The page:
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Weyes Blood At The Theatre At Ace Hotel, Friday, December 9th, 2022

Weyes Blood
Weyes Blood

Before Weyes Blood took the stage of the magnificent Theatre at Ace Hotel, I kept looking at the cartoonish rocket suspended from the ceiling. It’s up to anyone to come up with the right metaphor: as it was pointing downward, it could have aimed at piercing our hearts like a Cupid’s arrow, but, I kept thinking about the rocket in Hergé’s famous comic book “The Adventure of Tintin: Destination Moon” because of its red and white design. It could have perfectly fitted the vibe of the night since the audience was truly over the moon the entire time Weyes performed an equal number of songs from her remarkable two last albums, “And in the Darkness, Hearts Aglow,” and “Titanic Rising.”

 Weyes Blood (real name Natalie Mering) is a national treasure, and her two sold-out shows at the Ace Hotel acknowledged her multiple talents. The songs sounded immediately timeless with lushly orchestral arrangements and her magnificent voice, inimitable and sumptuous. It’s amazing what Weyes Blood can do with her natural instrument, she effortlessly conveyed nuances and subliminal deviations that only a few singers manage to do and the display of feelings and emotional heights could be gorgeous to very intense. Between songs, she spoke with this calm and thoughtful tone, often joking in a deadpan delivery – she even invited us to stand up and mosh during her most church-y songs.

She opened the show with the magnificent “It’s Not Just Me, It’s Everybody,” making an instant connection with the delighted audience. Wearing a very elegant white pantsuit, she right away welcomed us in her “living room,” but the magnitude of the songs that she performed was way above your average bedroom pop. Her graceful style certainly borrows from the ‘70s and the Laurel Canyon scene while the comparisons to Joni Mitchell and especially to Karen Carpenter (something which Natalie finds “embarrassing”) abound in the press but she certainly brings other elements to her transcendental chamber pop, and it would be very wrong to reduce her to a nostalgia act. With universal themes of loneliness of the human condition and worldwide apocalypses, she also knows how to capture the moment at perfection with songs like “God Turn Me into a Flower” and our ever-growing display of narcissism via social media. Even though her “groovy new band” was relatively small in comparison with the album orchestration, the sound of her lush secular hymns was recreated in a triumphant way. She alternated between relatively upbeat tunes – “Children of the Empire,” or “Everyday” – hymn-like numbers – “God Turn Me into a Flower” – and expansive to melancholic songs – “Grapevine” that has this amazing line, “California’s my body, and your fire runs over me,” intertwining personal heartbreak with environmental catastrophe. Meanwhile, she constantly switched between guitar and piano and was sometimes wandering on stage with only a mic in hand. She looked remarkably confident despite making herself vulnerable at each moment.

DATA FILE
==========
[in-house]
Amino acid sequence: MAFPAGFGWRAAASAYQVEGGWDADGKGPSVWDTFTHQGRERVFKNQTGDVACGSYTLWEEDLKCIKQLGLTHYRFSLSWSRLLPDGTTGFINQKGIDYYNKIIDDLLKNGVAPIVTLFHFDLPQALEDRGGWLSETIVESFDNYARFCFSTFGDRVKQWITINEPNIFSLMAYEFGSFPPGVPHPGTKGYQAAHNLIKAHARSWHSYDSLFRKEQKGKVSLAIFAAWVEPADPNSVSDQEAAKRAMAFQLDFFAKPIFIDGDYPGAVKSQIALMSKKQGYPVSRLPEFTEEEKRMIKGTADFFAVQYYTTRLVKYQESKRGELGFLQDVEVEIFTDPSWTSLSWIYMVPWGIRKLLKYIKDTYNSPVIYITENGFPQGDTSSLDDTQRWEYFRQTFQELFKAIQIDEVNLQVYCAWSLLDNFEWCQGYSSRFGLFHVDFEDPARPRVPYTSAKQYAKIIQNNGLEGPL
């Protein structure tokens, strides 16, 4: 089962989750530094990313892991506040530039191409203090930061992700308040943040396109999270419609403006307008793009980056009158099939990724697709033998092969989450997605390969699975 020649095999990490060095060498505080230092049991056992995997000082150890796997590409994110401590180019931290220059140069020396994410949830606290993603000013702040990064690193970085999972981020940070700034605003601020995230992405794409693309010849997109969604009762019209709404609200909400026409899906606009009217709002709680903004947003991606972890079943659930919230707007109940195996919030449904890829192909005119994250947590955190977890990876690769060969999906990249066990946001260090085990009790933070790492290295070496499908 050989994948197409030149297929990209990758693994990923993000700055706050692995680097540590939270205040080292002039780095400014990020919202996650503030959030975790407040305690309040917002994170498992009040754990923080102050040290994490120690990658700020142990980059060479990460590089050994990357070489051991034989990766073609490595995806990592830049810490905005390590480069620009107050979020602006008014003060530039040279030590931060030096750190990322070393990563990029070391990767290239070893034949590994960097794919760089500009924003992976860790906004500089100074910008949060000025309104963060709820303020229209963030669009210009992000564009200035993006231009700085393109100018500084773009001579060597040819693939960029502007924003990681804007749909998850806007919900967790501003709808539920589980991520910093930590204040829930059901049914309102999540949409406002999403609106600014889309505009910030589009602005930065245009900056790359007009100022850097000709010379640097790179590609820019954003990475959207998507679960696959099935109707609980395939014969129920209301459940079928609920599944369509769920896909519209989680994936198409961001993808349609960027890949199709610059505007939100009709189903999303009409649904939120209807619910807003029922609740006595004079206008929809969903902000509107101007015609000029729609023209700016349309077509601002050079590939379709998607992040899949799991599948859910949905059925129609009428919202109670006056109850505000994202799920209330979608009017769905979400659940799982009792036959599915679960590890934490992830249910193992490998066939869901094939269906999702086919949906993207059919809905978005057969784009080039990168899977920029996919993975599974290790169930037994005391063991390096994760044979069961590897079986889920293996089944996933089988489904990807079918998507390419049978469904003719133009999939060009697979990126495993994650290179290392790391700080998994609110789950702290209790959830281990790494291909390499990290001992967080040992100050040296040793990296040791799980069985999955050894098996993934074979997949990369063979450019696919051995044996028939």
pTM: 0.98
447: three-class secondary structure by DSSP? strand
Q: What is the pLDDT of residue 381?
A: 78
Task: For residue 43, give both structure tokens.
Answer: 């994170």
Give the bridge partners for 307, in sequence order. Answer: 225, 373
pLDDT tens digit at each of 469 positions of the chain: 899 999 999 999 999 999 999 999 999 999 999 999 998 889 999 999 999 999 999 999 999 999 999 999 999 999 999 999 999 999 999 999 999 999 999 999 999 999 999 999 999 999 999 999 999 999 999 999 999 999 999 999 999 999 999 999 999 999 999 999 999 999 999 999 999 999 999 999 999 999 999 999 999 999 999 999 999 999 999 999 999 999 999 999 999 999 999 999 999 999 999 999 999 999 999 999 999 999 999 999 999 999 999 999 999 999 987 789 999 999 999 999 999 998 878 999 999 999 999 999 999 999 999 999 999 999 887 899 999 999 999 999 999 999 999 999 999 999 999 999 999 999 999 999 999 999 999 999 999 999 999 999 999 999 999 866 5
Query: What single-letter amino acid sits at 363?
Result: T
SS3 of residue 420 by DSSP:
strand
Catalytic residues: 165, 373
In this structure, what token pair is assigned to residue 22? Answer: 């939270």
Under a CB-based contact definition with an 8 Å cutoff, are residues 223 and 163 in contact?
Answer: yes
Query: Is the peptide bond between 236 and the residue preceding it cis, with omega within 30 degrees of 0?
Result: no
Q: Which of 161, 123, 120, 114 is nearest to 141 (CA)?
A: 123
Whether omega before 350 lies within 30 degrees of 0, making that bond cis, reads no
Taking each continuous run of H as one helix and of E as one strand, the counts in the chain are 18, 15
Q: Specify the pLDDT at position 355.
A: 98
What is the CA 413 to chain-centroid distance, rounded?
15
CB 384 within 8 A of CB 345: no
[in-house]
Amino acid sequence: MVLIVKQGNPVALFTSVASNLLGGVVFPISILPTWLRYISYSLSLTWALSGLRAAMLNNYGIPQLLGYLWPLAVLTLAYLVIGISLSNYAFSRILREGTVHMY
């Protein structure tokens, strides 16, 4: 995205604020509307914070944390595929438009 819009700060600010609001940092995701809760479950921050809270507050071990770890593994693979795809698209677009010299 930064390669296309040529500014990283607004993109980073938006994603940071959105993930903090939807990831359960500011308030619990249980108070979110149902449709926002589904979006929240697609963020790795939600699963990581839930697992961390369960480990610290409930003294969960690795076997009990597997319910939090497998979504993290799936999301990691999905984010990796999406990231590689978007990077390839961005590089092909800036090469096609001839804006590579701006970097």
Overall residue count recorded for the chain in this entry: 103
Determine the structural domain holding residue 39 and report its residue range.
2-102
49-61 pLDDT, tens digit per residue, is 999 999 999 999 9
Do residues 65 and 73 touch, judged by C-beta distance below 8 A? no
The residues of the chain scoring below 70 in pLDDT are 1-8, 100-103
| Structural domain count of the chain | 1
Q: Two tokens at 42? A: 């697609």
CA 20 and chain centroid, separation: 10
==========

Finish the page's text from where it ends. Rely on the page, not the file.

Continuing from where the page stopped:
She became talkative mid-show, answering random questions from the audience and joking about astrology: most of her band is apparently Scorpio, and she is Gemini… “nobody wants that… but astrology is fake” she added. I could not have loved her more! She also mentioned we could stand up – seated shows are often intimidating, and most people waited until the end of the show to do so – but she added that this would “feel too much like church.”

She introduced the vintage pop exuberance of “The Worst Is Done” asking if some of us had to quarantine alone, anchoring one more time her storytelling in our collective experience, and the last part of the show, with the beloved “Andromeda,” then the luminous title track of her new album, “Hearts Aglow,” followed by the magical “Movies” from “Titanic Rising,” was a succession of crowd pleasers. It was the best way to end, on an overwhelmingly triumphant note while throwing a bouquet of white roses to the crowd. Still, she had to come back for an encore with the premonitory “A Lot’s Gonna Change,” a song written pre-pandemic, and the very intimate and emotional “Picture Me Better,” which she beautifully performed alone on guitar.

“Ten more songs!” screamed someone. “Ten more songs? We will have to play some Doors songs,” she replied with a smile. From church organ to folk guitars, from universal apocalypse to personal disaster, the show was a very captivating and often breathtaking experience thanks to Natalie’s stunning stage presence and her extraordinary voice. She has recently revealed that “And in the Darkness, Hearts Aglow,” – which she has described as “feeling around in the dark for meaning in a time of instability and irrevocable change” – is the second installment of a trilogy. With the third album in view, it’s certainly thrilling to imagine where this elegant artist will go next.

It’s Not Just Me, It’s Everybody
Children of the Empire
Something to Believe
God Turn Me into a Flower
Wild Time
The Worst Is Done
A Given Thing
Twin Flame
Hearts Aglow
A Lot’s Gonna Change
Picture Me Better


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